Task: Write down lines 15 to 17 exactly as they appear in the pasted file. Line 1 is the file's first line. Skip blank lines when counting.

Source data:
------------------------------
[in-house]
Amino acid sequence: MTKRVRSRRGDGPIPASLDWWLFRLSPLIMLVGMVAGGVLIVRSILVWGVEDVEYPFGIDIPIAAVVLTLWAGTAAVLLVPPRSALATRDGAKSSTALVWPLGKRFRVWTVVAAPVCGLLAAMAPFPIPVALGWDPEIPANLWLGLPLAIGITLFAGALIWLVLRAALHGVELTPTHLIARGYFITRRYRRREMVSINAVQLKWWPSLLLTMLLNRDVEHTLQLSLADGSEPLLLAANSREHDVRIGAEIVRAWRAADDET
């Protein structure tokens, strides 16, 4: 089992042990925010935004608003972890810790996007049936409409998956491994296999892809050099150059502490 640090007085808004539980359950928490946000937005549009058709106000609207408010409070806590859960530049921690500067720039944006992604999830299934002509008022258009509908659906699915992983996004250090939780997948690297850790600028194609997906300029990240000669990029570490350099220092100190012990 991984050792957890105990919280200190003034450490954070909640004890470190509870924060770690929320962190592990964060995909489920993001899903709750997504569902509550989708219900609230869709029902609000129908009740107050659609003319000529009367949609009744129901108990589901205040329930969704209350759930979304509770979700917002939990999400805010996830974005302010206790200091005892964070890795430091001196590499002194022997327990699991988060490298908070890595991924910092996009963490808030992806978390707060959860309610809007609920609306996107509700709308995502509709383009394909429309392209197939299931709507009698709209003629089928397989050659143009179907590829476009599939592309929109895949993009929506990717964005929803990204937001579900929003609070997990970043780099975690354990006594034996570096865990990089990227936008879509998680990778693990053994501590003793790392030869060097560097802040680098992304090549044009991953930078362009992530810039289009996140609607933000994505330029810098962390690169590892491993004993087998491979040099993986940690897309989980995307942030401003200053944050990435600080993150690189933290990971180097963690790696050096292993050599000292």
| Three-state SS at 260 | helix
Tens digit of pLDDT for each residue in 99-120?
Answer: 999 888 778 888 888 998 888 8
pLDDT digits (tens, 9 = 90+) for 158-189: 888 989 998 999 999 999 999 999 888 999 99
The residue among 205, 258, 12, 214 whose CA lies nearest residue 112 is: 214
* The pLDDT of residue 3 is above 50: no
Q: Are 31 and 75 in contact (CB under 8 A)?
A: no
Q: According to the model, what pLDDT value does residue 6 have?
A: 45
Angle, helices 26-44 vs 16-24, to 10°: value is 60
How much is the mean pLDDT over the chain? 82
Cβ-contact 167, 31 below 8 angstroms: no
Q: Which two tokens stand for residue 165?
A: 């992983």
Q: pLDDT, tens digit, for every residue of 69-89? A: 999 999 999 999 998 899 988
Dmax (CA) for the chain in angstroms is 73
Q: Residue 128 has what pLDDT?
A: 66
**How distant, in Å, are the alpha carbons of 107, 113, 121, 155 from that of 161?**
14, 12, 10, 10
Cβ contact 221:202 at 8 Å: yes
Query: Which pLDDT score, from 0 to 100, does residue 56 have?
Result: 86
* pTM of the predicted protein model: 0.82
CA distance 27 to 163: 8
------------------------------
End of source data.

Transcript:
How much is the mean pLDDT over the chain? 82
Cβ-contact 167, 31 below 8 angstroms: no
Q: Which two tokens stand for residue 165?